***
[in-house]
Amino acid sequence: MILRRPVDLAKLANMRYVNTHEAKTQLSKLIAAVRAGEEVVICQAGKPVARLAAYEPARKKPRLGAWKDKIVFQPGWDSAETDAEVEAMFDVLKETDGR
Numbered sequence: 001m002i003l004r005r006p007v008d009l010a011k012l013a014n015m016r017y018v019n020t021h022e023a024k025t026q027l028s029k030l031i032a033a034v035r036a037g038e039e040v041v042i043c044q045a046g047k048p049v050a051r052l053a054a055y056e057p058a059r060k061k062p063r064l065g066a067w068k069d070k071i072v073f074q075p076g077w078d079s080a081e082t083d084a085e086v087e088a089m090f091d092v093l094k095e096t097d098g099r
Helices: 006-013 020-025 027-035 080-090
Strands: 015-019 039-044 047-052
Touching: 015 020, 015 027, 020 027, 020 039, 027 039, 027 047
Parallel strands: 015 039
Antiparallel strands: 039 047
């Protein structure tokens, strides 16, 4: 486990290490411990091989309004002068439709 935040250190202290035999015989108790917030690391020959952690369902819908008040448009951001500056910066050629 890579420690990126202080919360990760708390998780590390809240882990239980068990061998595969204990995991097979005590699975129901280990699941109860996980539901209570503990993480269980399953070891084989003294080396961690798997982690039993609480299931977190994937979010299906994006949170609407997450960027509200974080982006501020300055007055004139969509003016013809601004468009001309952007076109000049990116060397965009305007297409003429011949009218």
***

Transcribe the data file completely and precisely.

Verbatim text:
[in-house]
Amino acid sequence: MILRRPVDLAKLANMRYVNTHEAKTQLSKLIAAVRAGEEVVICQAGKPVARLAAYEPARKKPRLGAWKDKIVFQPGWDSAETDAEVEAMFDVLKETDGR
Numbered sequence: 001m002i003l004r005r006p007v008d009l010a011k012l013a014n015m016r017y018v019n020t021h022e023a024k025t026q027l028s029k030l031i032a033a034v035r036a037g038e039e040v041v042i043c044q045a046g047k048p049v050a051r052l053a054a055y056e057p058a059r060k061k062p063r064l065g066a067w068k069d070k071i072v073f074q075p076g077w078d079s080a081e082t083d084a085e086v087e088a089m090f091d092v093l094k095e096t097d098g099r
Helices: 006-013 020-025 027-035 080-090
Strands: 015-019 039-044 047-052
Touching: 015 020, 015 027, 020 027, 020 039, 027 039, 027 047
Parallel strands: 015 039
Antiparallel strands: 039 047
């Protein structure tokens, strides 16, 4: 486990290490411990091989309004002068439709 935040250190202290035999015989108790917030690391020959952690369902819908008040448009951001500056910066050629 890579420690990126202080919360990760708390998780590390809240882990239980068990061998595969204990995991097979005590699975129901280990699941109860996980539901209570503990993480269980399953070891084989003294080396961690798997982690039993609480299931977190994937979010299906994006949170609407997450960027509200974080982006501020300055007055004139969509003016013809601004468009001309952007076109000049990116060397965009305007297409003429011949009218």